When the Wiener Staatsoper puts names like Jonas Kaufmann, Sir Bryn Terfel, Simone Young and rising superstar Lise Davidsen on the bill, it’s hard to not imagine a rousing success, even with a production of Peter Grimes that it’s time to put out to sea without a paddle. Kaufmann cannot seem to take a wrong step these days and his role debut as Grimes is original if not completely satisfying. His fisherman is a broken figure, driven mad by grief; a societal pariah who cannot find comfort even if it is staring him in the face. Kaufmann’s haunting falsetto as he mourned the loss of his apprentices in the final act landed better than rage-filled moments where more mettle – and vocal metal – was called for.

Jonas Kaufmann (Peter Grimes) and Florens Siener (John)
© Michael Pöhn | Wiener Staatsoper GmbH

Terfel was absolutely convincing as the lynchpin of the action, his Captain Balstrode the true moral center of a society shown as very much adrift; his warm bass-baritone simply commands respect. However, the most brilliant individual performance was unequivocally Norwegian soprano Davidsen, in her stage debut as Ellen Orford, who possesses an instrument that can only be described as glorious and she wields it with exceptional control. There is not a part of Davidsen’s impressive range that does not speak clearly to the back of the hall, and she can feather out her sound to a pianississimo that still carries. The quartet of women in Act 2 was a highlight, and her Embroidery Aria powerfully heartbreaking.

Florens Siener (John) and Lise Davidsen (Ellen)
© Michael Pöhn | Wiener Staatsoper GmbH

The rest of the cast was solid, from house favorite Wolfgang Bankl as the lawyer Swallow, Martin Häßler as apothecary Ned Keene and Thomas Ebenstein as the drooling, smarmy Bob Boles. Auntie (ensemble member Noa Beinart) was a resolute mezzo presence, offering the townsfolk more practical pleasures of the flesh and loosely corralling her flighty “nieces” (Ileana Tonca and Aurora Marthens), and Stephanie Houtzeel provided comic relief as the excitable town gossip, Mrs Sedley. Carlos Osuna as the Rev Horace Adams, and Erik Van Heyningen (Hobson) rounded out the ensemble effectively. While the diction ranged from excellent to incomprehensible, vocally there was little to complain about.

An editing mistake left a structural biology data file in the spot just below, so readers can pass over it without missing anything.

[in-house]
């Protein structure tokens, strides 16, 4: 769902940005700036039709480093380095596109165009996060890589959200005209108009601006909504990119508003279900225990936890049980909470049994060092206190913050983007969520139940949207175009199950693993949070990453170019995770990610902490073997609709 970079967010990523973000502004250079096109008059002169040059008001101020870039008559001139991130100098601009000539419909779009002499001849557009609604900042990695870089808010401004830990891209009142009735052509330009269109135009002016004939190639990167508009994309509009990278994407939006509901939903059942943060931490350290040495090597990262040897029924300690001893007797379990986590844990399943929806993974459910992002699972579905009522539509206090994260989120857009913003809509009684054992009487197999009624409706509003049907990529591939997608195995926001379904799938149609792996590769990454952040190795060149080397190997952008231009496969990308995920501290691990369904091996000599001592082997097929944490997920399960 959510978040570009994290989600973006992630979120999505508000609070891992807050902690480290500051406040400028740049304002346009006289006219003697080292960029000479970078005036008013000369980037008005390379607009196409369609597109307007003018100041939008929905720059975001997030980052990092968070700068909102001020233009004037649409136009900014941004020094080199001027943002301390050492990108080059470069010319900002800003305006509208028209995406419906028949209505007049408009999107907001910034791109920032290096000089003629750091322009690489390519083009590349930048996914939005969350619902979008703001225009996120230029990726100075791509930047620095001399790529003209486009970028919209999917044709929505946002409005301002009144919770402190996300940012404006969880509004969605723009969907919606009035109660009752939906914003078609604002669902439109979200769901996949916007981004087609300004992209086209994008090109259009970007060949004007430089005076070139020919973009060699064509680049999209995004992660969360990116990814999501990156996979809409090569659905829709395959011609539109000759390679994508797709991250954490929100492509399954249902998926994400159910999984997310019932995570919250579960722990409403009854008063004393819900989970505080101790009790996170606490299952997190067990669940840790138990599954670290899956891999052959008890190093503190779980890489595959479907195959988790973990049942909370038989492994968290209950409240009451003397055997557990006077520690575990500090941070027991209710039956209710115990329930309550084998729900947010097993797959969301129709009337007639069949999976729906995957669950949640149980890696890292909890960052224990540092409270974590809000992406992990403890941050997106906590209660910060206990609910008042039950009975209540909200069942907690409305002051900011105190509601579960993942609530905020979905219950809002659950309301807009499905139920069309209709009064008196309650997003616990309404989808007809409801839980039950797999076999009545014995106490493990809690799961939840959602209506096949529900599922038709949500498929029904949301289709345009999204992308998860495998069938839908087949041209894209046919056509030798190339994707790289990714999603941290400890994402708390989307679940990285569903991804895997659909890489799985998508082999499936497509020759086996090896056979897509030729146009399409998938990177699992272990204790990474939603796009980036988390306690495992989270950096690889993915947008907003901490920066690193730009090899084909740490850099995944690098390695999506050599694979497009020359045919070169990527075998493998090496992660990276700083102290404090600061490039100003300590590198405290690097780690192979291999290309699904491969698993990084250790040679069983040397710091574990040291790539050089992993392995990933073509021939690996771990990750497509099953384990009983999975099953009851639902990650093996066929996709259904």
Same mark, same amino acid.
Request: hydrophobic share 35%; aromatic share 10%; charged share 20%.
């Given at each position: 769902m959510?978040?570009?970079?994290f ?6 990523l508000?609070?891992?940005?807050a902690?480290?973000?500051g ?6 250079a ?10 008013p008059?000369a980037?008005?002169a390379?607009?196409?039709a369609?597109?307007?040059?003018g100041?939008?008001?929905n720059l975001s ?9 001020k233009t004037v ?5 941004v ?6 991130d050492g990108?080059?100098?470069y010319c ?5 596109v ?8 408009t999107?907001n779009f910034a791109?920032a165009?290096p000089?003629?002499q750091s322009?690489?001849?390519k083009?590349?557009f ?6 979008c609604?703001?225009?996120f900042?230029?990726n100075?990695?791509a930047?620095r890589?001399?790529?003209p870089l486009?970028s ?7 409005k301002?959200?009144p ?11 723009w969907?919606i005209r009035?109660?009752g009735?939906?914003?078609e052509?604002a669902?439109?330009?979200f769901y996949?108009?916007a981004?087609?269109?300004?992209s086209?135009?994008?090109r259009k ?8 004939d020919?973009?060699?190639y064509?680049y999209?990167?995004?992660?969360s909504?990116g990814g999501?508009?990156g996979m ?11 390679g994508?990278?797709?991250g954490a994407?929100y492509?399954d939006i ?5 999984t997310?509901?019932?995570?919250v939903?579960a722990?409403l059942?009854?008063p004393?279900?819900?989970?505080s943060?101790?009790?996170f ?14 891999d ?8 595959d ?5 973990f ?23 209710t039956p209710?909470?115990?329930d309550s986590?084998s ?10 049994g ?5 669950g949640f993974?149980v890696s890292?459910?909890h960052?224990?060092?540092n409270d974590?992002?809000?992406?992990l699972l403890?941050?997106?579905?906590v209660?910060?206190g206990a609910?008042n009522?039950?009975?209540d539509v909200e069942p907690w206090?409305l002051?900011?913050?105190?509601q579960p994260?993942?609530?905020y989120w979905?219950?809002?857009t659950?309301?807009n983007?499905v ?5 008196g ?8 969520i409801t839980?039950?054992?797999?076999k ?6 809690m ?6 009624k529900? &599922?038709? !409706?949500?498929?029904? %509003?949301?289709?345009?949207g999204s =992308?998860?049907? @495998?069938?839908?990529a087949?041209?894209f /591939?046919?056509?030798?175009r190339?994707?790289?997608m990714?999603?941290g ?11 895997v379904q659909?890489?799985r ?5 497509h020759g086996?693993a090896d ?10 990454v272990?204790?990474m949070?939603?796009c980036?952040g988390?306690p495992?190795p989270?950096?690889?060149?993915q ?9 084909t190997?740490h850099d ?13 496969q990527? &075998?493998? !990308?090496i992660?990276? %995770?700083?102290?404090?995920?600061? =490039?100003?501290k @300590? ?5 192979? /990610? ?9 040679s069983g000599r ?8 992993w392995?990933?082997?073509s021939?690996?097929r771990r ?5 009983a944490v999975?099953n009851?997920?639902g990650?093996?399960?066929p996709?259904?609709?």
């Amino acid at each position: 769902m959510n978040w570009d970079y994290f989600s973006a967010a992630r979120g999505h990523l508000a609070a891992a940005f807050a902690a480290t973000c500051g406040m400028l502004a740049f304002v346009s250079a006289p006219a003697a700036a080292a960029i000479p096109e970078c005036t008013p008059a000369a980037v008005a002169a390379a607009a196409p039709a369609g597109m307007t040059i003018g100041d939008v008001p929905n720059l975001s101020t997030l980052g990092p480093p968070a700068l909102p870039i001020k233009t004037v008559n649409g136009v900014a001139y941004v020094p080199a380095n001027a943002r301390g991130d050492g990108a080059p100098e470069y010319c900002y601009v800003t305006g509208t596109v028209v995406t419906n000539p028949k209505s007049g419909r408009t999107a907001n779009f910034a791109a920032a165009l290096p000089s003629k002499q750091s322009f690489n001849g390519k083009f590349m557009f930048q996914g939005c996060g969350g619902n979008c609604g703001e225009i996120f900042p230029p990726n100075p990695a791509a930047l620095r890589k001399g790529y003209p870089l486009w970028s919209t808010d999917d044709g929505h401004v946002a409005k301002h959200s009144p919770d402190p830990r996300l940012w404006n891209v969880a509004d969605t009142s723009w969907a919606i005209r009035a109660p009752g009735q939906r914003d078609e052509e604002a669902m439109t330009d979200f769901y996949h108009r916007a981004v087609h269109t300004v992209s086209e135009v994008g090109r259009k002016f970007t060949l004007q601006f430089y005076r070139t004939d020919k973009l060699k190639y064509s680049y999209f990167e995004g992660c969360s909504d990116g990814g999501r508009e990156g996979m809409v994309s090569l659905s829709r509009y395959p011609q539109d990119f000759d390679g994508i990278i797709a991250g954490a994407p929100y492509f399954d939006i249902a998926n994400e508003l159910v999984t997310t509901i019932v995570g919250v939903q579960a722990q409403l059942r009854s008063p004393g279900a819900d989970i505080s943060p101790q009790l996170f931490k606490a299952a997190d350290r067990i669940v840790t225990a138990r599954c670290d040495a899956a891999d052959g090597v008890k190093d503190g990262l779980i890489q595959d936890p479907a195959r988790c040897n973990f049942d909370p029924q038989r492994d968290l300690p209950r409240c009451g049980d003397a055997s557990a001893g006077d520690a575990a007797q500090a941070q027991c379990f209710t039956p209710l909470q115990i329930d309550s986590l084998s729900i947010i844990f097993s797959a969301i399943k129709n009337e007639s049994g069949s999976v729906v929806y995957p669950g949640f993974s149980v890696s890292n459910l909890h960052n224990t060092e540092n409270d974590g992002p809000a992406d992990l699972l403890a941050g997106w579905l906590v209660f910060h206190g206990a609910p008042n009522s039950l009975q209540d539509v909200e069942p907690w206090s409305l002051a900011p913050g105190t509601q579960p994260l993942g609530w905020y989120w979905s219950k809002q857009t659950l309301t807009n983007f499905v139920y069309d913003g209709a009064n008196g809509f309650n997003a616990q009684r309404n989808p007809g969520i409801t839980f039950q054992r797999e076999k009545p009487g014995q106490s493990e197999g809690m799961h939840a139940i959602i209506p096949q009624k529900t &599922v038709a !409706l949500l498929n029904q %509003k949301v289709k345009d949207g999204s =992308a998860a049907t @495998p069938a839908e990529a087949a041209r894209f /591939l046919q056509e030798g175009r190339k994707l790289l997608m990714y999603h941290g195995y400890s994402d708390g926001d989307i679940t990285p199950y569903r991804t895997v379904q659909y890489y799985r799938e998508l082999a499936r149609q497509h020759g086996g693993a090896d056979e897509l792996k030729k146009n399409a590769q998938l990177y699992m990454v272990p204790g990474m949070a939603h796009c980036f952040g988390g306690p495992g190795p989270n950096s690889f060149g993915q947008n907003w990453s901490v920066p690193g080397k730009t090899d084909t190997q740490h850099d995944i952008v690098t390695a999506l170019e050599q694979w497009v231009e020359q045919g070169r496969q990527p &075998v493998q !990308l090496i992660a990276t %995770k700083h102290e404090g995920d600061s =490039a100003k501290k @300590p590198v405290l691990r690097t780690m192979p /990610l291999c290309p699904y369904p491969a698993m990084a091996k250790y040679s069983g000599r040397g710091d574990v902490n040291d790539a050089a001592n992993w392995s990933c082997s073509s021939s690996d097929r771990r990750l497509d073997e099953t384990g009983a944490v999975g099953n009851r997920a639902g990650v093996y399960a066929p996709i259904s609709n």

Sir Bryn Terfel (Captain Balstrode) and Jonas Kaufmann (Peter Grimes)
© Michael Pöhn | Wiener Staatsoper GmbH

Captaining the crew with a steady hand from the pit was Simone Young, who drove the Staatsoper orchestra through some truly bombastically virtuosic interludes. Though on occasion I could have stood for a tad more precision in the large ensembles and a bit less orchestral volume vis-à-vis the voices, the sea effectively – as in the plot – drove the drama. Britten’s tricky score is an unwieldy beast but it was in excellent hands; a relief considering that the Arnold Schoenberg Chor had jumped in this week to reinforce house ranks, severely thinned by Omicron.

Lise Davidsen (Ellen)
© Michael Pöhn | Wiener Staatsoper GmbH

The fly in the ointment of the evening was Christine Mielitz’ dated production, which manages to be both aesthetically cheap and lacking in innovation. Comparisons can be made to Christof Loy’s award winning production for Theater an der Wien a few years back, which was both more attractive and more complexly disturbing. Mielitz’s neon framing and Atari-style video game graphics combine with bright blue, red or black garb (set and costume designs by Gottfried Pilz) which are 90s modern – though suiting Suffolk norms in absolutely no period imaginable – and are patently unoriginal.

Jonas Kaufmann (Peter Grimes)
© Michael Pöhn | Wiener Staatsoper GmbH

Instead of exploring a deeper theme, such as latent homosexual desire (as does Loy) she offers an apprentice who is barely school aged, making Grimes no more than an abusive surrounded by townsfolk who spend most of their time on stage – and below it – drinking, gossiping and cavorting incessantly. It’s overplayed, flat and boring, and a cast like this certainly deserves better.

In conclusion, this Wiederaufnahme is a must for the music and the singing... but keeping your eyes closed for peak enjoyment is recommended.